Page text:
FDA rolls out Web-based risk assessment tool for food, drug imports
Predictive Risk-based Evaluation for Dynamic Import Compliance Targeting system will be operating nationwide by early summer
The Food and Drug Administration is deploying a new Web-based computer application to flag high-risk imports of food and medical products for additional monitoring and inspection.
FDA Commissioner Dr. Margaret Hamburg announced the Predictive Risk-based Evaluation for Dynamic Import Compliance Targeting (Predict) system Feb. 4 in a speech at the Center for Strategic and International Studies.
The Predict system, which has been tested in Los Angeles, will rank the hazards of imported food and drug shipments to enable inspectors to focus on the items with highest risk.
It is currently being implemented in New York and will be operating nationwide by early summer, Hamburg said.
The new system will replace the admissibility screening function of the Operational and Administrative System for Import Support, FDA's legacy risk-assessment system.
Predict uses a variety of assessments to rank and score shipments according to risk, including information on the product itself, such as raw seafood, as well as information on weather conditions during shipment, country of origin and manufacturer’s safety record.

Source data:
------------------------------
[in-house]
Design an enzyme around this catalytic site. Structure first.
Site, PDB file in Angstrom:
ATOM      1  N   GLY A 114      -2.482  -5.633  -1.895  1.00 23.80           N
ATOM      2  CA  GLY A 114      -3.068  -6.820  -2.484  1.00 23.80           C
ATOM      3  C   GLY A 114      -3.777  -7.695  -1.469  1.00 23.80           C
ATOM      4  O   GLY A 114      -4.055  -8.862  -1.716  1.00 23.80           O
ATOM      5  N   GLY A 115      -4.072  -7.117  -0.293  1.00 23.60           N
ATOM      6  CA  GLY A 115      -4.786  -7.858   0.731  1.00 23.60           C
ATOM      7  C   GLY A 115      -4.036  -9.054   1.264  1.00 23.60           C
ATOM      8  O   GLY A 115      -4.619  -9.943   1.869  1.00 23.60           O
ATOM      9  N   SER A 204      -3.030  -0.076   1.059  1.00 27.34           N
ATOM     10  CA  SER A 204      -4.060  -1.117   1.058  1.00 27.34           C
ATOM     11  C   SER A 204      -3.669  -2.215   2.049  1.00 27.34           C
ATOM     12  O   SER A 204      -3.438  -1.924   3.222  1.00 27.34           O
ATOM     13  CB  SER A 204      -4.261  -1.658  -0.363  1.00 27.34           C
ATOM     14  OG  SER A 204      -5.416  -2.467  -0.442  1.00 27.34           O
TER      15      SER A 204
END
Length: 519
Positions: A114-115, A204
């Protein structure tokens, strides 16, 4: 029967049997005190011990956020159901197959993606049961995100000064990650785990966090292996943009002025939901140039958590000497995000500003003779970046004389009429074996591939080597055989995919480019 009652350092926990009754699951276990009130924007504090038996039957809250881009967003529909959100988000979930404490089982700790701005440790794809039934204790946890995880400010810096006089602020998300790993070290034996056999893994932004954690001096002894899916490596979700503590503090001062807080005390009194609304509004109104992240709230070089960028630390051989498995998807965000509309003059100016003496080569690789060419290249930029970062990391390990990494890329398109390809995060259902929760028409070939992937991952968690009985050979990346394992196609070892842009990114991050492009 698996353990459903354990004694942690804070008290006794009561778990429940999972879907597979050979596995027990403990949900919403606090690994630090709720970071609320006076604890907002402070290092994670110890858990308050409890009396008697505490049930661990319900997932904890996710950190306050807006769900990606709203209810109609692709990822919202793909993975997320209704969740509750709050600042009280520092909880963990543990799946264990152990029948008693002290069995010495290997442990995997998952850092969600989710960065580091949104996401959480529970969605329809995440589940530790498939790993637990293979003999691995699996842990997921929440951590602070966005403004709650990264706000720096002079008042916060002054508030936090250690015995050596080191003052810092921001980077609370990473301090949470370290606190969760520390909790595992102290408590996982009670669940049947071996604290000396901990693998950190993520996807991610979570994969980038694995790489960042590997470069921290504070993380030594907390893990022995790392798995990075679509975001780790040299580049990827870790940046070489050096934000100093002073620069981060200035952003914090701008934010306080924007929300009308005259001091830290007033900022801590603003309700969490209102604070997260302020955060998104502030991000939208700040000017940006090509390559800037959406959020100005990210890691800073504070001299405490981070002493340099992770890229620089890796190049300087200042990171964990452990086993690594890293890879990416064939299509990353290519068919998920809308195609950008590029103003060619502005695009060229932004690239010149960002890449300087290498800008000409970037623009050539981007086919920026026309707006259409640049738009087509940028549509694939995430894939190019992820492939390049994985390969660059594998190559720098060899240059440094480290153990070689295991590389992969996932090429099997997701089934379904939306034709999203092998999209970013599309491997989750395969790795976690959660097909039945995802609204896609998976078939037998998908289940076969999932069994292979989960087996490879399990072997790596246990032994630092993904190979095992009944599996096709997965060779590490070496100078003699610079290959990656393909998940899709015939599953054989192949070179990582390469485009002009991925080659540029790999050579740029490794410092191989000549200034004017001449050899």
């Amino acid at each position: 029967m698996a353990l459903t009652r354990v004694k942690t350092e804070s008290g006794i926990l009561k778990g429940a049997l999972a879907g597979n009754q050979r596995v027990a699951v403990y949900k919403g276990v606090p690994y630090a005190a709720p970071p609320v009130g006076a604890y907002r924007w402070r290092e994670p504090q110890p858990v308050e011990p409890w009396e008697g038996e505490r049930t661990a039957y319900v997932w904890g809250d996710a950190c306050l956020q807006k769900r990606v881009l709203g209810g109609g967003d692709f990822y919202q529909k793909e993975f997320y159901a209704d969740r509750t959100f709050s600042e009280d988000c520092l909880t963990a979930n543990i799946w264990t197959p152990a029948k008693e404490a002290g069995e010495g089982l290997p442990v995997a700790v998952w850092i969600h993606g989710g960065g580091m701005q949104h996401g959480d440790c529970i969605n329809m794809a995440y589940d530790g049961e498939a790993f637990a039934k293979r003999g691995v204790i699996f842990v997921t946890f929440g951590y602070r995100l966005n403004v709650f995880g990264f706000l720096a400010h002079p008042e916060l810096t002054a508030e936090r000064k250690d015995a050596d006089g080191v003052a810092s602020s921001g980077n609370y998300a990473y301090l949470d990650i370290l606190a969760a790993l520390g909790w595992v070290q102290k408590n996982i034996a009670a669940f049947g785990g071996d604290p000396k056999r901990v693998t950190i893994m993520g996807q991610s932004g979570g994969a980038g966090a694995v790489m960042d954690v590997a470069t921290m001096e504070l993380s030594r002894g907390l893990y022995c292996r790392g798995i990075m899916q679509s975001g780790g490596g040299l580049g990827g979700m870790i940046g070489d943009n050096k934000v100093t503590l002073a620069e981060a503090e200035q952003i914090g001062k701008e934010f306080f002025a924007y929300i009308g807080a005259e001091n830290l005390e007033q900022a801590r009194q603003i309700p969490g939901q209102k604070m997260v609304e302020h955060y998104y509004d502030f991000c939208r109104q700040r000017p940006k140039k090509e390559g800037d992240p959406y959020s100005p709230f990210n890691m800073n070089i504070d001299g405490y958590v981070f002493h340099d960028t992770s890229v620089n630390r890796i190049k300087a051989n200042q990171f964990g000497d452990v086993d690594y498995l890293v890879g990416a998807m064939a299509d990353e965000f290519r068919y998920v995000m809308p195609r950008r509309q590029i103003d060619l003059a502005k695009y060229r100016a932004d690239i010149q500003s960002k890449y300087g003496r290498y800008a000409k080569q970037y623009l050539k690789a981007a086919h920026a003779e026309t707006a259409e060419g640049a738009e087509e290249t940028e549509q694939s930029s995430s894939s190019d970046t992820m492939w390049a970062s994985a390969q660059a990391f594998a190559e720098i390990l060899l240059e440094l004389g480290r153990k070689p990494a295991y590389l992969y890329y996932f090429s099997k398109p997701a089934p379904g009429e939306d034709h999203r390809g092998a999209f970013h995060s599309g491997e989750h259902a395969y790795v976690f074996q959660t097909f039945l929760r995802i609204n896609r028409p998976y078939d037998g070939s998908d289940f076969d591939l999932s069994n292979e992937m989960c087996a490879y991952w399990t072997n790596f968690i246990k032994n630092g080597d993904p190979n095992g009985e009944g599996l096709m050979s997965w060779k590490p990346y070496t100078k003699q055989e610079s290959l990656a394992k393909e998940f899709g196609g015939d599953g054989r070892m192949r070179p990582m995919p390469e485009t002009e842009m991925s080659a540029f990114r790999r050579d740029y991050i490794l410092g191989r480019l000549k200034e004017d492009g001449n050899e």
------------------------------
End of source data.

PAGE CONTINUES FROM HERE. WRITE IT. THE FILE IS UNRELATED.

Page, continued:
Based on the risk score, inspectors will target higher-risk shipments for examination. The system also will expedite the clearance of lower-risk cargo, but only if importers and entry filers provide accurate and complete data, the FDA said.
The system will allow for greater accountability along the global supply chain for the 20 million imported shipments of food, medical devices, drugs and cosmetics regulated by the FDA. About 70 percent of seafood, 40 percent of drugs and 35 percent of fresh produce consumed in the U.S. is imported.
Alice Lipowicz is a staff writer covering government 2.0, homeland security and other IT policies for Federal Computer Week.